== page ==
whole vs. the United States and
Canada’s laws which vary from state
to state and are different for certain
types of animals.
• In Germany there are no exceptions:
the law applies to ALL animals the
same, from the fish of the sea to all
the 4 legged animals, they are all
protected.
Tierschutzgesetz commonalities with
U.S. laws for animals
• One commonality is both Germany
and the U.S. have animal rights
activists and protection organizations
throughout the countries.
• Another common area is the banning
of certain breeds such as pit bulls in
certain areas.
• Also not all apartment buildings and
rental units allow pets, just like in the
U.S.
Are there “No Kill” shelters in Germany?
• All the shelters in Germany are prohibited from
euthanizing any animal for lack of space or because
they can’t find the animal a good home.
• This is based on part of
the law that bans all killing or
causing suffering to any
animal without
“sound reason”.
Is the German Shepherd really
from Germany???
• They originated in Germany in 1882.
• German shepherd dog = Deutsche
Schäferhunde
• The German Shepherd was brought to
America by its breeder in 1907.
• The original breed was a mix of
long-haired, short-haired and
wire-haired local herding and
farming dogs.
• They are from Karlsruhe,
Germany.
Should you take your pets with you while
traveling?
• Traveling to Germany with pets is something that
you must be prepared for well in advance.
• You have to carry your vaccination records with you
and when you arrive at the border you will be asked
for proof.
- Rabies must be
administered within
the last 12 months,
but no sooner than
30 days ago.
Pets are very popular in Germany!
• Pets are so popular in Germany, that you will find them on
trains, in bookstores and even possibly in some restaurants.
• They are allowed on all public trains, subways and buses.
• They are usually very calm during their travel, because they are
quite used to it and accepted by others without pets as just
another “person” on the go.
• There are certain places that they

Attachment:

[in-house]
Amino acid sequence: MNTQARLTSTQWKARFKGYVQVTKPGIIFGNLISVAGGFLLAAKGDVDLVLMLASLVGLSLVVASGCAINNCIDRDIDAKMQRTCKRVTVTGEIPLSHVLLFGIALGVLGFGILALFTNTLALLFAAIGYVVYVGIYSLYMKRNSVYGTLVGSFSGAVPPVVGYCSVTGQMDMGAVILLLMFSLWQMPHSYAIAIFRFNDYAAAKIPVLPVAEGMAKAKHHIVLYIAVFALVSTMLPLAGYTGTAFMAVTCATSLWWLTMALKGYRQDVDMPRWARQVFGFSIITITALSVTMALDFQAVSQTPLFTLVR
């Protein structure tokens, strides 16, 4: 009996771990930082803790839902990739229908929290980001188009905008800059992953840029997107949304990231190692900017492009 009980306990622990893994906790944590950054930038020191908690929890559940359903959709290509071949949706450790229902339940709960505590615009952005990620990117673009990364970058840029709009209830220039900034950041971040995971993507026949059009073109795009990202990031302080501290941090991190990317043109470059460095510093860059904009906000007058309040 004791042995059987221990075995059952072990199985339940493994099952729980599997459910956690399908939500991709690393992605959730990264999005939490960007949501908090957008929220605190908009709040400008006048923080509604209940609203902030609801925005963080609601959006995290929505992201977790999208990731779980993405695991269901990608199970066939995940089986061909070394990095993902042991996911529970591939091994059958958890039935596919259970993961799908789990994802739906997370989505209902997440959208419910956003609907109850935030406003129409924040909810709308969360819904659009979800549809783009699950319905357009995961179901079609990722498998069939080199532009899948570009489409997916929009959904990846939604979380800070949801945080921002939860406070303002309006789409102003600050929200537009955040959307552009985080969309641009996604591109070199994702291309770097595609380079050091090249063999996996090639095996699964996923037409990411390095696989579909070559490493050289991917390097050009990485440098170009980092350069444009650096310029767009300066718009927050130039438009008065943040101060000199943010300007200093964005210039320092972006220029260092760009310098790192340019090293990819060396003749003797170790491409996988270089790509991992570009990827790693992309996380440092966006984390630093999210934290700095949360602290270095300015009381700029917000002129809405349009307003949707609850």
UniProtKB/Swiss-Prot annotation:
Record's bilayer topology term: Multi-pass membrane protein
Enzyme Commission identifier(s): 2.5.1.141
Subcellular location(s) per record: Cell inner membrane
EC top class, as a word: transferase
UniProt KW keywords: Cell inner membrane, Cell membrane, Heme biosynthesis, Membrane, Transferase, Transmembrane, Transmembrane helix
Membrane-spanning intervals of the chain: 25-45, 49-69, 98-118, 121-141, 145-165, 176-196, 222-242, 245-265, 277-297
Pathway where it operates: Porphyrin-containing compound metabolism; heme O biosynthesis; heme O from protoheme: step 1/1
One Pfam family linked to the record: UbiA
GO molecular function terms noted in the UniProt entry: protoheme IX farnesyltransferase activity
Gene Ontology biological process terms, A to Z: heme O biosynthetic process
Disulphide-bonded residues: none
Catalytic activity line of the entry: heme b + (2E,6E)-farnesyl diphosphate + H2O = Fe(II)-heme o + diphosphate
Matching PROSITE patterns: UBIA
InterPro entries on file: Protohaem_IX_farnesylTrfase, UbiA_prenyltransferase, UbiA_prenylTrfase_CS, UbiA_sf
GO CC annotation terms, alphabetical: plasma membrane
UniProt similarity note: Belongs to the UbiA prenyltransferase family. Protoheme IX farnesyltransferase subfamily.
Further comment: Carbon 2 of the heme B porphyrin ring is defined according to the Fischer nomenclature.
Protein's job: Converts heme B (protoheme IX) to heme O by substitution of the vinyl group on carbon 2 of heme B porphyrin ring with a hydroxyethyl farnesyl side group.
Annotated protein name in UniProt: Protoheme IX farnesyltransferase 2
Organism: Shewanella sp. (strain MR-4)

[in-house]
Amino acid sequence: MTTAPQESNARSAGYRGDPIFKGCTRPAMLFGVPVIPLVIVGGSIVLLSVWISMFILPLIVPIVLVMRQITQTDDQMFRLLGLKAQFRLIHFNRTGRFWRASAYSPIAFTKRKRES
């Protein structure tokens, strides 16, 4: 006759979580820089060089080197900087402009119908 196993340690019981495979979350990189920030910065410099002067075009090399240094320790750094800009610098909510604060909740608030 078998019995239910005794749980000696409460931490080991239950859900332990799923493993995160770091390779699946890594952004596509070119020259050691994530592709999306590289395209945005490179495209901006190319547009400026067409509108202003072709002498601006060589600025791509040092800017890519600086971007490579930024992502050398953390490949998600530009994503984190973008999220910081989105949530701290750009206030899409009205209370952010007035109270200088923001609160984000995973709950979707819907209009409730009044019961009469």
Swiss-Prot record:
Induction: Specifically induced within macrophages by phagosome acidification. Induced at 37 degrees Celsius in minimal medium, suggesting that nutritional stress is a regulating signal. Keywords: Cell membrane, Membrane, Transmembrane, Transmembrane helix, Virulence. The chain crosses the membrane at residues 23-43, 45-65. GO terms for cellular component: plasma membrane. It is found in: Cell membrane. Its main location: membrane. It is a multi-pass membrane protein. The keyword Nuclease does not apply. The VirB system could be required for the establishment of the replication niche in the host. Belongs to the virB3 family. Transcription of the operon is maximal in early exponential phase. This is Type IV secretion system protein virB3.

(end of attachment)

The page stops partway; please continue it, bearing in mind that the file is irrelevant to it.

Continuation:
are not allowed:
- They are not allowed in
butcher shops and most
grocery stores because of the
ease of access to the
irresistible foods at their level.
Germany has been referred to as a
“Heaven for Pets”
• There are also parts of Germany where dogs are so popular,
that they actually have their own swimming pools designated
just for dogs. (Dogs are the most popular pets in Germany.)
Other popular dog breeds that originated from
Germany….
• Great Danes are from
Germany, they were
bred in the 1600’s and
known as chamber dogs (Kammerhunde)
• One of the most popular dogs in the world
today are from Germany. We know them
as the Rottweiler. Sometimes called the
Rottweiler Metzgerhund in Germany.
• They originated from the breeding of
Roman war dogs, local sheep dogs
and molloser dogs from the small
German market town of Rottweil.
Final Conclusion
• There are many similarities and differences between Germany
and the U.S. protection of animals.
• Pets are widely accepted in Germany as part of society.
• Germany doesn’t seem to be a bad place to be if you are a pet
from the U.S. and your parents are looking to move or if you
are from Germany
and just looking
for a good home!
пЃЉ
Works Cited
Article:
• …Und die Tiere” Constitutional Protection For Germany’s Animals by
Kate M. Natrass
Internet Sites:
• http://m.psychologytoday.com/blog.animals-andus/201111/was-hitler-vegetarian-the-paradox-thenazi-animal-protection-movement
• http://www.journey-to-germany.com/pets-ingermany.html
• http://www.dogbreedinfo.com/germanshepherd.htm
• http://www.greatdanerescue.org/index.php?option=c
om_content&view=article&id=4&Itemid=3
• http://www.worldlydogs.com/rottweiler.php
Photos:
•
•
•
•
•
http://m.psychologytoday.com/blog.animals-and-us/201111/was-hitler-vegetarianthe-paradox-the-nazi-animal-protection-movement
http://www.pettravel.com/immigration/Germany.cfm
http://www.dogbreedinfo.com/germanshepherd.htm
http://www.journey-to-germany.com/pets-in-germany.html
http://www.clker.com
• http://www.greatdanerescue.org/index.php?option=com_cont
ent&view=article&id=4&Itemid=3
• http://www.worldlydogs.com/rottweiler.php
• http://www.tomatobubble.com/sitebuildercontent/sitebuilderpi
ctures/2009Berghof.jpg